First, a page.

Reindeer Rumen Caper

We received an E-mail message in February from Don Peterson, a teacher in Fairbanks, Alaska. His school has begun offering a biotechnology course dealing with microbiology. He heard of the DLC-ME project through his contacts at NSF, and is obviously interested in seeing if it can be used with his school's course. We told him we'd keep in touch, let him know when we had materials available, and asked if he (and his students) would be interested in Beta-testing our work and giving us some feedback.

A short while later he mailed us some back issues of a newsletter, "the Biotechnician", that his students are producing which chronicles their experiences in the biotechnology course. Upon scanning these newsletter, we were pleased to note that several themes that we are emphasizing in the DLC-ME project are also well-represented in his class's activities. Two of these were the construction of Winogradsky columns and an interest in compost piles (which is an environment in the Microbe Zoo as well as the theme for an interactive simulation we are building, called Compost Happens!).

One of the earliest parts of the Microbe Zoo to be fleshed out is a section on the microbes that live in a cow rumen (stomach) that aid in the digestion of cellulose and produce methane (a powerful greenhouse gas). A whole class of animals, called ruminants, have similar microbial habitats within them. Some ruminants we were familiar with include deer, goats, and giraffes. We learned from "the Biotechnician" that reindeer are also ruminants, and that Don's students were studying microbes in reindeer rumen. We sent Don a message describing the parallels we had noticed between themes in our project and topics being explored by his class.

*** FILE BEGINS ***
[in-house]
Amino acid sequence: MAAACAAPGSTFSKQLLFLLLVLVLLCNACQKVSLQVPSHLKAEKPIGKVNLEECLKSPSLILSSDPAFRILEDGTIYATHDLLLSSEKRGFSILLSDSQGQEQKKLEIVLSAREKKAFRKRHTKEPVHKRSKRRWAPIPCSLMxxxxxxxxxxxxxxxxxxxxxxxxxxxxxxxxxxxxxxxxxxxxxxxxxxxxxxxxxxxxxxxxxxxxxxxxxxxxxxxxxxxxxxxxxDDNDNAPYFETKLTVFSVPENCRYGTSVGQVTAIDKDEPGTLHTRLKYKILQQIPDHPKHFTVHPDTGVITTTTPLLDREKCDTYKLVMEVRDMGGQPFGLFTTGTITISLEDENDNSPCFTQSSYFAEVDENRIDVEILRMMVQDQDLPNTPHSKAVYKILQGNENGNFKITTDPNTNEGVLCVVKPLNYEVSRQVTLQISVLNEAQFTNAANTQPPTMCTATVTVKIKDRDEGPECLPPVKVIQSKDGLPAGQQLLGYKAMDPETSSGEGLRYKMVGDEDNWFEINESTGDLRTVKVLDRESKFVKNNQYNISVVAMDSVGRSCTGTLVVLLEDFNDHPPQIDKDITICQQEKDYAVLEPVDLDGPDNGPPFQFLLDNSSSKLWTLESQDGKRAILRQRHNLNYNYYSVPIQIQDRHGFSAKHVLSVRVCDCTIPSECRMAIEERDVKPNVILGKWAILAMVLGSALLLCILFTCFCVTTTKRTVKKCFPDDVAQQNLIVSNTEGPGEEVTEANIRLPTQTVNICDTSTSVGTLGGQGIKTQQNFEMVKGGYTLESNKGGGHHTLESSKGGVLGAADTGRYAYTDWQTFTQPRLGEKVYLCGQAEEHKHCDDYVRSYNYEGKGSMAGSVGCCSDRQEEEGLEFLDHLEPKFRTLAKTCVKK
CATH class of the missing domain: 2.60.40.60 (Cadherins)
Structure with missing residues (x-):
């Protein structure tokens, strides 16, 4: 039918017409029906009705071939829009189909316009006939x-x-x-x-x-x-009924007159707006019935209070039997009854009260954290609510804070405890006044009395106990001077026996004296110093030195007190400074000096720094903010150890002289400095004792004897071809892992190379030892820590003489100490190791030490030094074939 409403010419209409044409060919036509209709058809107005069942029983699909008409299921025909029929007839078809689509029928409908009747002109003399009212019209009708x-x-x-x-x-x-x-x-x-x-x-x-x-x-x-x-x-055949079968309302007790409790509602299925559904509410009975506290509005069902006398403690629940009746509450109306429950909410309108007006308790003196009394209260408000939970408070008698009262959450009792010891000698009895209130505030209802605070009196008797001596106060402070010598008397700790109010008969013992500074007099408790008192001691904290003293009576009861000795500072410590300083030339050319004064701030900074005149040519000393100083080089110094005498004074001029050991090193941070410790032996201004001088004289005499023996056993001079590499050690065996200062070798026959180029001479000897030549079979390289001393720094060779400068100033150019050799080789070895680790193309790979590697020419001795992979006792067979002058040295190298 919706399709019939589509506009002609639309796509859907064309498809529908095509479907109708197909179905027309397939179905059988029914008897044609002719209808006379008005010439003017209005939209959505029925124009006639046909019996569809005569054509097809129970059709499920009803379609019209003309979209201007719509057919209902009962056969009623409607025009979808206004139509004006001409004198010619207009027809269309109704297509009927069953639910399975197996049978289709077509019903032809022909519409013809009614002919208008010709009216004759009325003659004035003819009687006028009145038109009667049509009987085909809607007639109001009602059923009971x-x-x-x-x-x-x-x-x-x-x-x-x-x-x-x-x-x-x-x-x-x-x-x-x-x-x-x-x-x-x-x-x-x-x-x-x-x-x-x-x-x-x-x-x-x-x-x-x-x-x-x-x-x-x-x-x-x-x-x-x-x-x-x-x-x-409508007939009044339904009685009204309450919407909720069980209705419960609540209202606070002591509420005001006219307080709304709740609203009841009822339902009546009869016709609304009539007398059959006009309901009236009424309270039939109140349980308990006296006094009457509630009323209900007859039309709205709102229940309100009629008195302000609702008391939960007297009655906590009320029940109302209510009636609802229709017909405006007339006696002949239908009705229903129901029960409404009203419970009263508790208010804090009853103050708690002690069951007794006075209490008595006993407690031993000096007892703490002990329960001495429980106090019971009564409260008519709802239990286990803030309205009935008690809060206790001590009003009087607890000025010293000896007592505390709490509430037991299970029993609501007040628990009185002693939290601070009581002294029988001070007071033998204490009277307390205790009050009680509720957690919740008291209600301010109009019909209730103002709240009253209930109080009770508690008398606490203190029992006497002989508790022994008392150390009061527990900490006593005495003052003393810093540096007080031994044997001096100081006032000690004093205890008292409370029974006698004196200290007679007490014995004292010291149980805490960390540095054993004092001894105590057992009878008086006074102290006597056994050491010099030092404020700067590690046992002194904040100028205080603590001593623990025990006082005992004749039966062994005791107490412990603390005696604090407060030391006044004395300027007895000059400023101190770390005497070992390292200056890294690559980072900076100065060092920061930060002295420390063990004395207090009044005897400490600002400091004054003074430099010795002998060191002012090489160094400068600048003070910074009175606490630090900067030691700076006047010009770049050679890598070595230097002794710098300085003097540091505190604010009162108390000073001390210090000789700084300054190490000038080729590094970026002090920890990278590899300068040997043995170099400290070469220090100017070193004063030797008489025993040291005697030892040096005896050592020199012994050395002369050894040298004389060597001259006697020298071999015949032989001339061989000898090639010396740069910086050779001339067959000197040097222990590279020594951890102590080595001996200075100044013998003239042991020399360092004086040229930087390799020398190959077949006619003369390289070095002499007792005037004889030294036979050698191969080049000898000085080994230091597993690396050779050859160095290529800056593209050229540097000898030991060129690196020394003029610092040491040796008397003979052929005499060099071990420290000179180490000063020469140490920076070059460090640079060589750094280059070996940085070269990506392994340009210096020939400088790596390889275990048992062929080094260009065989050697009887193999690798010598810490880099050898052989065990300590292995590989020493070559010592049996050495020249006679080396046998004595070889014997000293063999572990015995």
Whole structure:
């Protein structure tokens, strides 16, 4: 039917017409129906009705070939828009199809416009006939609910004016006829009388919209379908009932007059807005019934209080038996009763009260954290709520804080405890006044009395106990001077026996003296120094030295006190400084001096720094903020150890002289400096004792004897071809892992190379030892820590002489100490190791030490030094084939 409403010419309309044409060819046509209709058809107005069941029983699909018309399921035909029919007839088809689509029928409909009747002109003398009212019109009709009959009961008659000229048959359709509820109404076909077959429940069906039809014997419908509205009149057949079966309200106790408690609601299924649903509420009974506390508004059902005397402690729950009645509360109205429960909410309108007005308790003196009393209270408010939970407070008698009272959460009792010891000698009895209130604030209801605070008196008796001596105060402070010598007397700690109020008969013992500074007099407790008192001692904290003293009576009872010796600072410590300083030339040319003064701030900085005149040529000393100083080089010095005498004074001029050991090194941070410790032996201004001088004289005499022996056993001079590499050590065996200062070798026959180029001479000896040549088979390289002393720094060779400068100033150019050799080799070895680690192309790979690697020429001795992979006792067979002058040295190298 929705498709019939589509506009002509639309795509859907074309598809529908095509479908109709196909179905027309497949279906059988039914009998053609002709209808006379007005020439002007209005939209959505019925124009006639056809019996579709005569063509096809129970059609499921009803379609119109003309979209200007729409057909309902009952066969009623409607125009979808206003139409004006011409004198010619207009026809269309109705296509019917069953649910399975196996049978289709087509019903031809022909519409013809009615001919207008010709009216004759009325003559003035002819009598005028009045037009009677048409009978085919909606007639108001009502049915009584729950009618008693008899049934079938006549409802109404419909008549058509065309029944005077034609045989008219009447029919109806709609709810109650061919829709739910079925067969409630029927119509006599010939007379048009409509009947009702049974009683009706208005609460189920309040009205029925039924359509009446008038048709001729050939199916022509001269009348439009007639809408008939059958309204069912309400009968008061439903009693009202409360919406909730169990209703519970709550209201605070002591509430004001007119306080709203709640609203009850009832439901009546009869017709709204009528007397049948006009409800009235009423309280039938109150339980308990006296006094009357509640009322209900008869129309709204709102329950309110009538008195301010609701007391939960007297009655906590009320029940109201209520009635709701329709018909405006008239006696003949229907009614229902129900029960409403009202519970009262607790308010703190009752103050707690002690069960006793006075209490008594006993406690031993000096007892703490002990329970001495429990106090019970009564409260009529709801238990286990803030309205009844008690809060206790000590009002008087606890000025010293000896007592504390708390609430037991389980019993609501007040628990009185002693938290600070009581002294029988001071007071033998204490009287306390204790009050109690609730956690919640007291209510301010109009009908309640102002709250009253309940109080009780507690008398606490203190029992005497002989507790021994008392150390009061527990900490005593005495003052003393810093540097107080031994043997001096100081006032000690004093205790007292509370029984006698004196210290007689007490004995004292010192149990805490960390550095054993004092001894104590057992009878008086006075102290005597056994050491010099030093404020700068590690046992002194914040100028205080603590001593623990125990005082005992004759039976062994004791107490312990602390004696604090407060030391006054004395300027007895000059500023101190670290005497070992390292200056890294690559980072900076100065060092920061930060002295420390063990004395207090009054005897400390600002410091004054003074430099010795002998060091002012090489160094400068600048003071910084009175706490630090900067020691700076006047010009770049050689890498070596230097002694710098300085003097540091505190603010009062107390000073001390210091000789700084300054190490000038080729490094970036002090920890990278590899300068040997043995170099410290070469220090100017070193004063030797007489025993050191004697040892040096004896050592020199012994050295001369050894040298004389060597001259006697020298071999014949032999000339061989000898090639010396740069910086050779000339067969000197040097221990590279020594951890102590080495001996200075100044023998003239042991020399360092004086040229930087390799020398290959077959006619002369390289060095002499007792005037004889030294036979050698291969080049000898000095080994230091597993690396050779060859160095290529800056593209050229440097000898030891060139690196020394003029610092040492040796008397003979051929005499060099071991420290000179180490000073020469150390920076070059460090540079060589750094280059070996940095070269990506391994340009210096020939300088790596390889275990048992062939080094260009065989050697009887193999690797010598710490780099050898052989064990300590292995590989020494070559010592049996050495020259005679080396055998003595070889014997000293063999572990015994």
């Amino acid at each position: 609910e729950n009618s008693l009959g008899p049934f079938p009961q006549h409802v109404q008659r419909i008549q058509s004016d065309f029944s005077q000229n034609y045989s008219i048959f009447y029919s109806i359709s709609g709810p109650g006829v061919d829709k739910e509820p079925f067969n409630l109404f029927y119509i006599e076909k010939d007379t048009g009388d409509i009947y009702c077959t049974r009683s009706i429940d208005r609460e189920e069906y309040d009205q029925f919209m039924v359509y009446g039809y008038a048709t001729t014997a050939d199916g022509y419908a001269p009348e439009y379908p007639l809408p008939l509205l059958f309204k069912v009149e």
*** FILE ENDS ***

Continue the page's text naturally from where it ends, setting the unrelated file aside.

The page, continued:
Shortly thereafter, one of Don's students called us with a problem. She had collected samples of reindeer rumen microbes, and was trying to create permanent microscope slides from her samples. Unfortunately, she was having difficulty coming up with a chemical concoction that worked well as a fixative/preservative. Our post-doc science liaison project member, Cathy McGowan, knows a scientist who studies microbial populations in rumens who is also very interested in science education. She managed to connect the student and the scientist, enabling them to collaborate. The scientist did not have any samples of reindeer rumen microbes, and was as eager as the student for the possibility of sharing expertise and resources.

We were obviously pleased that, even before our project was formally on-line and our publicity efforts had begun, we were able play a part in connecting scientists with students in a genuine scientific research opportunity. Hopefully, this is a foreshadowing of the sort of thing the DLC-ME project may facilitate!

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The DLC-ME is being developed by the Comm Tech Lab and the Center for Microbial Ecology at Michigan State University.